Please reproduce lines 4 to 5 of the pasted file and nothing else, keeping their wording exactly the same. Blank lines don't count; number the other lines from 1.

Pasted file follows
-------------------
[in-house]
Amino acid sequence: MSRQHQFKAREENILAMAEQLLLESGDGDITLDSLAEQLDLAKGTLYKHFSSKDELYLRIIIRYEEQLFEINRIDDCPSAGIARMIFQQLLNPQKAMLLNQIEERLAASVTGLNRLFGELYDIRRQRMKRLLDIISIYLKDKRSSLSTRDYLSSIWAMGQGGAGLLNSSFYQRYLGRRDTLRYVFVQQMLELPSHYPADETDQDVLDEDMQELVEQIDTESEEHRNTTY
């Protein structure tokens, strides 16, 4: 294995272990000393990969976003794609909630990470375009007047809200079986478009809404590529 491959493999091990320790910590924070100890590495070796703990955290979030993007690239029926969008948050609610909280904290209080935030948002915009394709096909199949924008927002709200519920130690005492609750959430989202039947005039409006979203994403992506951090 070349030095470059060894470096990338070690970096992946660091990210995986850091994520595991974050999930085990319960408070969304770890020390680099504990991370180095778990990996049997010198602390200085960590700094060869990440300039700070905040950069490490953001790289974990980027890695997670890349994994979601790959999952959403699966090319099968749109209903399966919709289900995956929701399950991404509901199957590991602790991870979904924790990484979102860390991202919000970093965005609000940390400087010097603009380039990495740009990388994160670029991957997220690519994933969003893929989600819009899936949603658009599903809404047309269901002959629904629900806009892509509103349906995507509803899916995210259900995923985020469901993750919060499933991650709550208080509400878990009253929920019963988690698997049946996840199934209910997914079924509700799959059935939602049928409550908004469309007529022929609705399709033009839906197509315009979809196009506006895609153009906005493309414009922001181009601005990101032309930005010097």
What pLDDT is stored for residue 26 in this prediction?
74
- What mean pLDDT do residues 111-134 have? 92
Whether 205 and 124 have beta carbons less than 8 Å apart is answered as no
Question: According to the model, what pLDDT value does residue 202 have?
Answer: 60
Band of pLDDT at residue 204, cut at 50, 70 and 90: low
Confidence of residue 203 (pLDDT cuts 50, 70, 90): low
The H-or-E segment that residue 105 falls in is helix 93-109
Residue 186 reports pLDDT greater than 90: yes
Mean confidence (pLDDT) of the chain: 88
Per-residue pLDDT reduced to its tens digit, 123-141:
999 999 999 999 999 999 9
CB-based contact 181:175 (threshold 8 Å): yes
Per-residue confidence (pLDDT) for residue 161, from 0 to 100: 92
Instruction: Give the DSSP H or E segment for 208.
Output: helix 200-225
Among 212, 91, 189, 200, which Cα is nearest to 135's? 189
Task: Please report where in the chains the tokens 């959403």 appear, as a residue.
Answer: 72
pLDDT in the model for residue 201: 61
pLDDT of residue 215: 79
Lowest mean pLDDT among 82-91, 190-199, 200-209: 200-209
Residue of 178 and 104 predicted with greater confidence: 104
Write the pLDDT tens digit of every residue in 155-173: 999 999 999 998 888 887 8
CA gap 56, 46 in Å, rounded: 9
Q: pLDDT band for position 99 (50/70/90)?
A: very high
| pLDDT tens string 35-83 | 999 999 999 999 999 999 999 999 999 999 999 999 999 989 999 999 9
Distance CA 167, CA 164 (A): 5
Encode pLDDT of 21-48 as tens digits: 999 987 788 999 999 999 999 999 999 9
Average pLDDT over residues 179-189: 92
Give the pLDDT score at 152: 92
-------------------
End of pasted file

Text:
What pLDDT is stored for residue 26 in this prediction?
74